Protptyping with Pixate


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You can user layers and visual assets to create screens

First you create layers; then you add interactions to the layers, and finally add animations to the interactions. That’s about it. This diagram illustrate the basic concept.

For these examples, we’ll use plain layers for everything; in practice, you will use chopped assets for layers, and transparent layers for things like scrolling and containers

Essentially the main thing is to create transparent layers for clipping, scrolling

Add Interactions and Animations to the asset layers - animations are driven by interaction


drag tap double tap long press rotate pinch scroll

Scroll is super important - we’ll cover it a lot in these lessons. The rest are pretty straightforward

Interaction properties You can specify options for interactions - for example, constrain a drag interaction to horizontal axis. For the most part, these are all self-explanatory.

Animations These allow you to animate properties of layers

Move Scale rotate Fade Color Image - Adds an image to the specified layer Reorder - allows you to change the order in the display stack; only appears to work within the current group - “bring to front” is not global

A key concept is that these animations can be triggered from the interactions you add. You can rename animations in the right panel

Animation properties Pixate is a bit different from your normal animation program. As opposed to settings keyframes, motion is driven by interactions. For example, when a user drags an item, it’s scale can be animated based on how far it moves.

I like to think of this as data flowing from an an interaction to some object’s animation property. We can choose how we want to handle how this data is sent from one object to another by choosing the animation property.

I think the names are terrible for these, so I’ll try to explain them in plain english.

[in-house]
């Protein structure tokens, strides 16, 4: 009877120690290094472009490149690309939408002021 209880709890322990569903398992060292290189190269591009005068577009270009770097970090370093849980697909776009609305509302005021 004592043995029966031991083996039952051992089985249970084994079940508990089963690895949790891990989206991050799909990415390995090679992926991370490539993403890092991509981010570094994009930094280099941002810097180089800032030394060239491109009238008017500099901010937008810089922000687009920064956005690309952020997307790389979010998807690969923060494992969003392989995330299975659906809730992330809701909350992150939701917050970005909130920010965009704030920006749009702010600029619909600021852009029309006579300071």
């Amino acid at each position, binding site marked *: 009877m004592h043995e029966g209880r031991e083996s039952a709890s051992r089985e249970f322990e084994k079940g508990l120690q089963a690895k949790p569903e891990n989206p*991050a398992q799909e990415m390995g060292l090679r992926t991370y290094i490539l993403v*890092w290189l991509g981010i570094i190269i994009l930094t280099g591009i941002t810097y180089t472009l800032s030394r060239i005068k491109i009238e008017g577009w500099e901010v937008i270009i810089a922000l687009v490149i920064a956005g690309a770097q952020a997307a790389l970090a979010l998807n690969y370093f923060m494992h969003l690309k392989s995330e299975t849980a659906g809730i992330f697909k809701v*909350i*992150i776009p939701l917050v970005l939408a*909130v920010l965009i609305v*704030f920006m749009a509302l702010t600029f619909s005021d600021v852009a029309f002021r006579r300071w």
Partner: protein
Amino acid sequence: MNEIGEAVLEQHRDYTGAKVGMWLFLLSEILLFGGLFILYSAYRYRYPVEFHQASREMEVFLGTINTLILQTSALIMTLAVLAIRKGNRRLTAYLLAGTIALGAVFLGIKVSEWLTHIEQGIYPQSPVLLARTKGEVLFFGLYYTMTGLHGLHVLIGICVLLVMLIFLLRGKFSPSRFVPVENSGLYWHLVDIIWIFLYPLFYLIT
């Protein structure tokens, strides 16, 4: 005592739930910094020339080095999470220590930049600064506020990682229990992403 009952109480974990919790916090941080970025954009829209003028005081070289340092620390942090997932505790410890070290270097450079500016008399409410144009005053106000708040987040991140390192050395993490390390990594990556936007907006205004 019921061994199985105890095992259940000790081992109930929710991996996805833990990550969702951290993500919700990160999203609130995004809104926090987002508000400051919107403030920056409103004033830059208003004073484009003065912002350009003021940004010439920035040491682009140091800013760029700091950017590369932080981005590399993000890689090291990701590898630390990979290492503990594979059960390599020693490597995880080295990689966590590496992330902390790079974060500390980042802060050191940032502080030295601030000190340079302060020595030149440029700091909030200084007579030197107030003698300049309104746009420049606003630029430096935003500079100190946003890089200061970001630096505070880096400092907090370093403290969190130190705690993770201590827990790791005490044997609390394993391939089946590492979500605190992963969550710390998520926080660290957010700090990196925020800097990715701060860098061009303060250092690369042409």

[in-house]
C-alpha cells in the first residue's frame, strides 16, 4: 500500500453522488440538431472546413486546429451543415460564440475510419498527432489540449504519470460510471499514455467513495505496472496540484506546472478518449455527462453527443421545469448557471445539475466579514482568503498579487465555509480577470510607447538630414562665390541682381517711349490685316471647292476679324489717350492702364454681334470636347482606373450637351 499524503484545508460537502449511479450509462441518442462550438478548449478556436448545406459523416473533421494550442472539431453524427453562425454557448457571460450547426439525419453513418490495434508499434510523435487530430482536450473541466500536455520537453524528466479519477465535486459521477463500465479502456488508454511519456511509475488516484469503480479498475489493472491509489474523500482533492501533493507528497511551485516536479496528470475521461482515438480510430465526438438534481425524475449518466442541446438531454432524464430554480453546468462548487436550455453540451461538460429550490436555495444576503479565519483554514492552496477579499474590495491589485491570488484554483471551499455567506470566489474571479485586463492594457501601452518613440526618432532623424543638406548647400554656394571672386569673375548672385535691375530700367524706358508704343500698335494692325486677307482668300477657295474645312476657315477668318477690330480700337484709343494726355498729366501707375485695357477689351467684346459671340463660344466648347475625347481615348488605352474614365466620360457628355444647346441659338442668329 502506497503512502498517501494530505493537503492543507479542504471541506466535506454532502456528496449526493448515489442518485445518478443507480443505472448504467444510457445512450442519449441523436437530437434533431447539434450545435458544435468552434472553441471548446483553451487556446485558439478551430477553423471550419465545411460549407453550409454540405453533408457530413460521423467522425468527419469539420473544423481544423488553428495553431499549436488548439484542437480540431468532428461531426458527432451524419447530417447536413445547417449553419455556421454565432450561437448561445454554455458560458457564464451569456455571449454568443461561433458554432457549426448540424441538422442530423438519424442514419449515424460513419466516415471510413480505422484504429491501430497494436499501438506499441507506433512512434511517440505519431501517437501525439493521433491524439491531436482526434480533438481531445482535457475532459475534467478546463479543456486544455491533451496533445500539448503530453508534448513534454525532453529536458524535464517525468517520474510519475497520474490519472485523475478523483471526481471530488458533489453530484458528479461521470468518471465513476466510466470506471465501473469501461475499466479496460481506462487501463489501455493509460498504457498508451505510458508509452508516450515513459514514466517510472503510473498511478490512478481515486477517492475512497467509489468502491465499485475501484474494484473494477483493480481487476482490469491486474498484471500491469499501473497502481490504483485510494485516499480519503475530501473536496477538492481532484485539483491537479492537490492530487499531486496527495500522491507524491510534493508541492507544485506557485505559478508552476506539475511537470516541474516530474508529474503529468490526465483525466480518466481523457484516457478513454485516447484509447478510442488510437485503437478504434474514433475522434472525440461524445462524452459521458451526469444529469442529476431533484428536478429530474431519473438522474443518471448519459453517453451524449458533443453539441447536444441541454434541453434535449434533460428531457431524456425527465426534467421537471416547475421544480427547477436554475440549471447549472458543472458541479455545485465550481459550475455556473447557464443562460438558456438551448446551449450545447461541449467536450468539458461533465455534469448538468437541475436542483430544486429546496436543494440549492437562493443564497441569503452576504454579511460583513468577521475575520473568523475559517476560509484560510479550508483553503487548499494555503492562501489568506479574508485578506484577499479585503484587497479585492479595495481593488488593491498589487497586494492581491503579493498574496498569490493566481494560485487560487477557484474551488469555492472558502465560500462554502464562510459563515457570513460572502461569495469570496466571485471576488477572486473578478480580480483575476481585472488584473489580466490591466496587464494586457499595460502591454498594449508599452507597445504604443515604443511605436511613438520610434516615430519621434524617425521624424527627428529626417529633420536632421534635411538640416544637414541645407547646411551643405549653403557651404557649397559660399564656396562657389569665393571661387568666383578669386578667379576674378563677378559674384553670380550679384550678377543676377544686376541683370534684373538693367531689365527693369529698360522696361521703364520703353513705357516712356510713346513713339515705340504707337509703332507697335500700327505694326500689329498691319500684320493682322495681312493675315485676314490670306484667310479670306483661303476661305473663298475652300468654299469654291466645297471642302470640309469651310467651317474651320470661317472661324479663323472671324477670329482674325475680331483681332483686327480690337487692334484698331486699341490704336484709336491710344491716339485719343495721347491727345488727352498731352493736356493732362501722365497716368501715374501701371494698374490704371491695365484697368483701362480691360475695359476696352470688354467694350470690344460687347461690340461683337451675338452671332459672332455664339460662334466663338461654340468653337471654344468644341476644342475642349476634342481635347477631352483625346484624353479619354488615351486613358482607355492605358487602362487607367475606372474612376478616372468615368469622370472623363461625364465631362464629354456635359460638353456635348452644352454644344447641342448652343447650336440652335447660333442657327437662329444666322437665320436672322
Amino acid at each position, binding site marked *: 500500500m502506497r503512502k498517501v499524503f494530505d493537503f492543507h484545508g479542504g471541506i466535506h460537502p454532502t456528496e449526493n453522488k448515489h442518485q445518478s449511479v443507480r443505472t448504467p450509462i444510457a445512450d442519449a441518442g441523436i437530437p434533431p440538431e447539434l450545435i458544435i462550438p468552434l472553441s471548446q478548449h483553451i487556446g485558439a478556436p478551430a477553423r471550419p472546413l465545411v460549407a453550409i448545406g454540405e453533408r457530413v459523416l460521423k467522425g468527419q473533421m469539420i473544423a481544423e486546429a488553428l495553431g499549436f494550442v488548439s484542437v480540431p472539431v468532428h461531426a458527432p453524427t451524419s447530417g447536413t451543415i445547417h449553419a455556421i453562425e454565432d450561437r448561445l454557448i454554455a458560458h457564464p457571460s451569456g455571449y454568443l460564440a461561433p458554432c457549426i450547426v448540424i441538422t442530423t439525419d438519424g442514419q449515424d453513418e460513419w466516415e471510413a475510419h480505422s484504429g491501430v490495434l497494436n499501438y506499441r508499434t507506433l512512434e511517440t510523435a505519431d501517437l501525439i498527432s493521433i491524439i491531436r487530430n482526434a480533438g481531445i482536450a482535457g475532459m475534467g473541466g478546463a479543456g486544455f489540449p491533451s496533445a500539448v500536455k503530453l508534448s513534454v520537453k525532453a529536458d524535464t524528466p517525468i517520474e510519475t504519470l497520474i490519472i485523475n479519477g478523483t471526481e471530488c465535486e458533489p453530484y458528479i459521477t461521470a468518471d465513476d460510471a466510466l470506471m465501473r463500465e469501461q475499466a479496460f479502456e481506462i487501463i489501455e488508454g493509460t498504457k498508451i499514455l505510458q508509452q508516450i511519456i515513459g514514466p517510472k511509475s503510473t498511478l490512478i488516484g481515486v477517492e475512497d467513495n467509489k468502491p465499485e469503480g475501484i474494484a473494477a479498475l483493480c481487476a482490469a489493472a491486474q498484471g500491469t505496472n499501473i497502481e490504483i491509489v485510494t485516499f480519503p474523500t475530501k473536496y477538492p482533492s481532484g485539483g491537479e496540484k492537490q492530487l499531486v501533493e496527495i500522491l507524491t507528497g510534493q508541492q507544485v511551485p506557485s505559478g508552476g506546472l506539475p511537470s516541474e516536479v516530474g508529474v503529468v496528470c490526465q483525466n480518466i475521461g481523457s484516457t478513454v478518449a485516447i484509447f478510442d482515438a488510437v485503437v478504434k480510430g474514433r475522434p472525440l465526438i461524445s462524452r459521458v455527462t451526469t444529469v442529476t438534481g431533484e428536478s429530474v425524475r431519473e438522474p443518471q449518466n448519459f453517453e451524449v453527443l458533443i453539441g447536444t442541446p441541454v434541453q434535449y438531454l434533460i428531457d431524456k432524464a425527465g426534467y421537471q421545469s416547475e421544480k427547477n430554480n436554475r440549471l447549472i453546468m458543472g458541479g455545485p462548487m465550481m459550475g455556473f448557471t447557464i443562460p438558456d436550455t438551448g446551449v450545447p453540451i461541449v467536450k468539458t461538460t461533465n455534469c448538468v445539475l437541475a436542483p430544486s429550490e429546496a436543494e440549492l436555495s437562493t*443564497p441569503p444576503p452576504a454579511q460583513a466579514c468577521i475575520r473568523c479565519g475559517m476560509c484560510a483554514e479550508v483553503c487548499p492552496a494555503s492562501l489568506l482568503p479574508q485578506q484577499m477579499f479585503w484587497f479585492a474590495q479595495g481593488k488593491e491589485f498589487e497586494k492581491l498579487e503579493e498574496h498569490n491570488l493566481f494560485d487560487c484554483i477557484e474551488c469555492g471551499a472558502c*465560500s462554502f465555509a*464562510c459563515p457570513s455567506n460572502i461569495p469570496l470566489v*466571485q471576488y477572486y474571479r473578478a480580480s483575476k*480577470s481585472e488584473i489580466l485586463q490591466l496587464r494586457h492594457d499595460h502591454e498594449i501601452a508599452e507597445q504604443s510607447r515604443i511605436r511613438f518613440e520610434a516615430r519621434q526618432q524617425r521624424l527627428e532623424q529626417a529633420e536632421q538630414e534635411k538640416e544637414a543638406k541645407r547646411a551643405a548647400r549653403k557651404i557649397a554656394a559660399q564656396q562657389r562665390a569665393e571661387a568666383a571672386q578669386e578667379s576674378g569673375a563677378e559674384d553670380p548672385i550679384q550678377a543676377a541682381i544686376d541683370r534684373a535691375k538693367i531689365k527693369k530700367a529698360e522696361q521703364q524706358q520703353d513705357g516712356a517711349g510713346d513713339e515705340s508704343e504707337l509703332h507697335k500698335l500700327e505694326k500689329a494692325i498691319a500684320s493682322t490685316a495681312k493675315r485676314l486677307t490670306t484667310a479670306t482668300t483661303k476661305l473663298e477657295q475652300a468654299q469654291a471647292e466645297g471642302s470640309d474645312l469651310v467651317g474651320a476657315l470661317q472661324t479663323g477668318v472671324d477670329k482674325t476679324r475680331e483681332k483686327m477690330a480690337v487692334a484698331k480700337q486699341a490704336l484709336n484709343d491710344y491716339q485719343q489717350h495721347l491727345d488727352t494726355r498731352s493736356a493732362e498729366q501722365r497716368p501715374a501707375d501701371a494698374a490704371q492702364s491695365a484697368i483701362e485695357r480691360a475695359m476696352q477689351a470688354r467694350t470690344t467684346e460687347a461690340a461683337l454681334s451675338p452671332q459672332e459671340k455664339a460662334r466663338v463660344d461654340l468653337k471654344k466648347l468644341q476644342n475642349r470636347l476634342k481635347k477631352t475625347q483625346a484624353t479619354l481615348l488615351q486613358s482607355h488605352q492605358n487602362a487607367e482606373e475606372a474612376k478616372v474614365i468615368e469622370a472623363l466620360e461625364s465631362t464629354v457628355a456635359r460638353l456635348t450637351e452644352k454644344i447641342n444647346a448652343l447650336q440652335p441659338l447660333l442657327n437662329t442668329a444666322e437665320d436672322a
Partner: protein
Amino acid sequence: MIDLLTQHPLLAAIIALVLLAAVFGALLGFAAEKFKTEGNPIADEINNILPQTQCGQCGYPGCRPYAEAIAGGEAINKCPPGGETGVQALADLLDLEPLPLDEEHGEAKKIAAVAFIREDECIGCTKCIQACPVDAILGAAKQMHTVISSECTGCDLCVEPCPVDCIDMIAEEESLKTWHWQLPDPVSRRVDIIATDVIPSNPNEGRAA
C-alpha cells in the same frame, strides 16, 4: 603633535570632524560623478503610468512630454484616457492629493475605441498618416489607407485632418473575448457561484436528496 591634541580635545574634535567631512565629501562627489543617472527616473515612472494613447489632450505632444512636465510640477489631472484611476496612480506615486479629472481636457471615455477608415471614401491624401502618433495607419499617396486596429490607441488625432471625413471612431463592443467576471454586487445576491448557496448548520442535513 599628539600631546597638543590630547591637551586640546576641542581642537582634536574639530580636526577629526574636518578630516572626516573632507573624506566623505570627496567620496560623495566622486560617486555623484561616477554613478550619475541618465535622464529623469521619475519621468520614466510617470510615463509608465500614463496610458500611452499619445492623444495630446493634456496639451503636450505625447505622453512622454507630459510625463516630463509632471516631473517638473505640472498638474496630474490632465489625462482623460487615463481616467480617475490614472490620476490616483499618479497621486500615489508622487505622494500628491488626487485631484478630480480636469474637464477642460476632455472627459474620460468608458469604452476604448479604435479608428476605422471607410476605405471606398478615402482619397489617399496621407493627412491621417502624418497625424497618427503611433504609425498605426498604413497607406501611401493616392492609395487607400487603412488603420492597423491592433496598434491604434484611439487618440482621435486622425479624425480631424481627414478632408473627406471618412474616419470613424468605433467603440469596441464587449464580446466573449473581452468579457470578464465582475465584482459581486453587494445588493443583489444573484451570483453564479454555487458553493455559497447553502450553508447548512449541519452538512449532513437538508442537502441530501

Continuously with rate (animate based on percentage of interaction) The animation is driven by an interaction; you can scale this interaction by a “rate”. Example: “Move this layer 50% as far as the source layer moves” This is what you use for parallax effects

Continuously to final value (animate to a specific value) The animation also is driven by an interaction, but instead of a rate, you animate to specific values. Example: “When the source object moves between 30-100pts, scale this object from a scale of 1 to 1.4 Use this when you want to directly respond to interactions but need to be more specific with values.

With duration to final value (Animate based on if/then rules) The animation also is driven by an interaction, but you specify animation by a set of if/then rules. Example: “If source’s x position is > 50 AND it’s y position > 50, scale this object 1.5x Use this when you need more complex logic for animation. This property is not continuous because the animation may not occur based on the rules

Important! With all animations, it’s important to note what edge of the object we are using for locations… i.e. if we tell an object to move to x=100. are we walking about the center of the object being at 100? left edge? right edge?

More info at

Parallax Parallax effects are very common in apps today. Parallax is based on the visual effect of objects closer appearing to move faster, and objects in the distance move slower. The effect is achieved when you move and scale objects by percentages of scroll/drag distance. Remember, the way to do this is to use the “Continuously with rate” animation property, with objects that you want to appear farther away have a smaller rate and scale.


Basic interaction and condition In this example, we’ll create a basic layer, add a tap interaction, have it scale when tapped. Then, we’ll add a conditional statement so that we can tap it and have it grow/shrink. Need to show how you use the layer id in conditionals

Make sure to show how triple-tap the app to refresh / choose prototype You can’t autoload the prototype by loading it in the editor

Grouping layers Show how we can nest layers, use them for clipping. Attach a drag interaction and use that to drive animation on both layers, but make the inner layer move fast to simulate parallax.

Scrollable layers This example shows how you use transparent layers as a way to set up a scrollable region. This is something you do a lot in Pixate, so it’s important to understand.